Auguste Mohr’s Gratitude for Deliverance With Gifts to the Neediest


December 31, 1993

Gratitude for Deliverance With Gifts to the Neediest

By RANDY KENNEDY

In late 1939, Ernest and Auguste Mohr received the most important letter of their lives.

In the envelope sent to their home in Bavaria was an affidavit of support signed by Julius Ochs Adler, a vice president and general manager of The New York Times and a friend of the Mohrs’ distant relatives in the United States.

The piece of paper literally saved the couple’s lives, helping them get a coveted visa to flee Hitler’s Germany even as Mr. Mohr was being held in a concentration camp.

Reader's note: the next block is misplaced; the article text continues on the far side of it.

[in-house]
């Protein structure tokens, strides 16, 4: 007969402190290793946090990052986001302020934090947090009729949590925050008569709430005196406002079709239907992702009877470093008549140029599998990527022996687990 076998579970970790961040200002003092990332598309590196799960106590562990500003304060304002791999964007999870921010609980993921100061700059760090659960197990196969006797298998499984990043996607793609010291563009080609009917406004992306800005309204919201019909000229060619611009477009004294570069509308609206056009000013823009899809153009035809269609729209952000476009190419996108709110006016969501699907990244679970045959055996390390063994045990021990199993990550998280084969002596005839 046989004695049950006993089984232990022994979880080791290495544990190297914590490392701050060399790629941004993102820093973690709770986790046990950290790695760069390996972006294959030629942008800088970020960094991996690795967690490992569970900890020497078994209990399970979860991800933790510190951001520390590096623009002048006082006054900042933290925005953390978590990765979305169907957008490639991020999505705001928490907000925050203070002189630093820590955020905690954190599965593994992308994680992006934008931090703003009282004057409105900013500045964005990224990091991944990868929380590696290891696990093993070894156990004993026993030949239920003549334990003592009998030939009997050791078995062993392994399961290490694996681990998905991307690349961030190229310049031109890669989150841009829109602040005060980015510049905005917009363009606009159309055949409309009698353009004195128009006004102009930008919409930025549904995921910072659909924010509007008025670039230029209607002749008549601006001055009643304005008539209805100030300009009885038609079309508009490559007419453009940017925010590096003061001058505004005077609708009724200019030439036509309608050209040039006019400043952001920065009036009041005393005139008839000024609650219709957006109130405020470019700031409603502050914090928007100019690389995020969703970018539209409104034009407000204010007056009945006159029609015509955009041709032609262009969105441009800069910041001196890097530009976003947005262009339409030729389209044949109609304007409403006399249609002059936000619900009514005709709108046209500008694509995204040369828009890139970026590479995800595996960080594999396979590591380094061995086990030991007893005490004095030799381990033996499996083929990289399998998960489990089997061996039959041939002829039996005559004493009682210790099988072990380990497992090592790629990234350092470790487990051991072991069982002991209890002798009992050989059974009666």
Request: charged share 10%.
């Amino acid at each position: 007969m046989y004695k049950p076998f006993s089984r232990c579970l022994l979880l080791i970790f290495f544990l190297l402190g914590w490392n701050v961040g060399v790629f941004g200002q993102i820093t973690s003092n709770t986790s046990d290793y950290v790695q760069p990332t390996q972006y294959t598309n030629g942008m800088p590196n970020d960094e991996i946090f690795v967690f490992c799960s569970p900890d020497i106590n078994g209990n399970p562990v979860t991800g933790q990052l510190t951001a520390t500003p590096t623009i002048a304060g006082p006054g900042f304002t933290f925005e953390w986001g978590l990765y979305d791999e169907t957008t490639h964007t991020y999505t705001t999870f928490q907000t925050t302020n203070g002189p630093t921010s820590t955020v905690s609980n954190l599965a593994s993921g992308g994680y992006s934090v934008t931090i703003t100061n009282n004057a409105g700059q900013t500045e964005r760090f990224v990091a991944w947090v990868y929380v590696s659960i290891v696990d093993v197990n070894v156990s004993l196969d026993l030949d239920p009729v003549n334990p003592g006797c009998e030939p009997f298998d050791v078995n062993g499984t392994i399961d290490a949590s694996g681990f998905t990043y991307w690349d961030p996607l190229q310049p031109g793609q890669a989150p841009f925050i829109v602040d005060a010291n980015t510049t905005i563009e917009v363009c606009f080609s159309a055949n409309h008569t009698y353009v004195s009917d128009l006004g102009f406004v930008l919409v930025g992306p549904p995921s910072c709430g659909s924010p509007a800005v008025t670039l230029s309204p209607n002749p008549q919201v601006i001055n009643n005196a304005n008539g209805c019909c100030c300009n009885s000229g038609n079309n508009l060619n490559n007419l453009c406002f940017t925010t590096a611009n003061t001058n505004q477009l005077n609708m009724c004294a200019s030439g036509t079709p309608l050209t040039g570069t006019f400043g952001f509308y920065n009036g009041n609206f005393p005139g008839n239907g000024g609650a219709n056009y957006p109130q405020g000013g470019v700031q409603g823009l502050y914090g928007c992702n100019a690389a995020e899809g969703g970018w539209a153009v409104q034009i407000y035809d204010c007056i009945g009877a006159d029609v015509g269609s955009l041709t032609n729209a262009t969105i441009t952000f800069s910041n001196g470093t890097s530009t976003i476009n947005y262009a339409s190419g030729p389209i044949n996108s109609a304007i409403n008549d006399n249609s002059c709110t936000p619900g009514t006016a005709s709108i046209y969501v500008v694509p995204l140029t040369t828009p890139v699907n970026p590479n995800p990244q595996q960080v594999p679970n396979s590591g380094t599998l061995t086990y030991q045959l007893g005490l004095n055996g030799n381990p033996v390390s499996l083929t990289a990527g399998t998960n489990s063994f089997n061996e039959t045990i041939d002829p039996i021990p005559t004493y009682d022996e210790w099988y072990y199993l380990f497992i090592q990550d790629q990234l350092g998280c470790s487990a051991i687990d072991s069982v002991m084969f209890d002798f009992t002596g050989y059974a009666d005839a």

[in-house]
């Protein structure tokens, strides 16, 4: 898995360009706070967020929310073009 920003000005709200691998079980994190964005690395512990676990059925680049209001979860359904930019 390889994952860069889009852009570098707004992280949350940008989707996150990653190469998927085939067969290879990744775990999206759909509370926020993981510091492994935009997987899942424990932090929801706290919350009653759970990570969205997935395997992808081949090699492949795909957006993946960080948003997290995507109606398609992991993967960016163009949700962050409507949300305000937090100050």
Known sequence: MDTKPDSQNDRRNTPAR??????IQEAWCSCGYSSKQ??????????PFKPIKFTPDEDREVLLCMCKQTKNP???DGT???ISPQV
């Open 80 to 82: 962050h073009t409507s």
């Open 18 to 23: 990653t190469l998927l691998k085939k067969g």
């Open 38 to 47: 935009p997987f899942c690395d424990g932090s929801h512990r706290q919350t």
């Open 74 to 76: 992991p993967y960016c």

“At that time, people could leave only if they had someone here to testify that they had family in the United States,” Mrs. Mohr, who lives in Kew Gardens, Queens, said recently. “Mr. Adler said that if need be, he would take care of us. Without him, we would have never gotten out.” Continuing a Tradition

Now, 54 years later, Mrs. Mohr is continuing a tradition that her late husband began several years ago, to honor Mr. Adler and to commemorate his act of kindness by contributing to The New York Times Neediest Cases Fund, which is conducting its 82d annual appeal for donations.

Mrs. Mohr’s gift of $50 is one of many that have been sent this year in memory of loved ones who died in the Holocaust or as a small token of gratitude from people who escaped or survived its atrocities.

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